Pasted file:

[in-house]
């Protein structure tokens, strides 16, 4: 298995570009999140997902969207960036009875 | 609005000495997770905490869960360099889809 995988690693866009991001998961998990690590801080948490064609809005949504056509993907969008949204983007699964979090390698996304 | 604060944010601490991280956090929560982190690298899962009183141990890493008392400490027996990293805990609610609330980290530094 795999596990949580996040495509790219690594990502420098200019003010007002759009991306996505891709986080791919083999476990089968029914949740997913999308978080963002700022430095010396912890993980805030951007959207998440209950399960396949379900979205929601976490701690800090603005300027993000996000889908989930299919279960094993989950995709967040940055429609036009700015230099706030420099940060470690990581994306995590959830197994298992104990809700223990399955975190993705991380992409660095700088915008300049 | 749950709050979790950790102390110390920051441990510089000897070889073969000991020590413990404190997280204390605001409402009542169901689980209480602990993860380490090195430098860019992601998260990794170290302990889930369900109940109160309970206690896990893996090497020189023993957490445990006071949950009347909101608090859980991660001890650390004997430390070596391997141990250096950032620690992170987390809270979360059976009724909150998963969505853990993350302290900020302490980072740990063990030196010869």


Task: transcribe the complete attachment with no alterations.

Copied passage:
[in-house]
């Protein structure tokens, strides 16, 4: 298995570009999140997902969207960036009875 | 609005000495997770905490869960360099889809 995988690693866009991001998961998990690590801080948490064609809005949504056509993907969008949204983007699964979090390698996304 | 604060944010601490991280956090929560982190690298899962009183141990890493008392400490027996990293805990609610609330980290530094 795999596990949580996040495509790219690594990502420098200019003010007002759009991306996505891709986080791919083999476990089968029914949740997913999308978080963002700022430095010396912890993980805030951007959207998440209950399960396949379900979205929601976490701690800090603005300027993000996000889908989930299919279960094993989950995709967040940055429609036009700015230099706030420099940060470690990581994306995590959830197994298992104990809700223990399955975190993705991380992409660095700088915008300049 | 749950709050979790950790102390110390920051441990510089000897070889073969000991020590413990404190997280204390605001409402009542169901689980209480602990993860380490090195430098860019992601998260990794170290302990889930369900109940109160309970206690896990893996090497020189023993957490445990006071949950009347909101608090859980991660001890650390004997430390070596391997141990250096950032620690992170987390809270979360059976009724909150998963969505853990993350302290900020302490980072740990063990030196010869």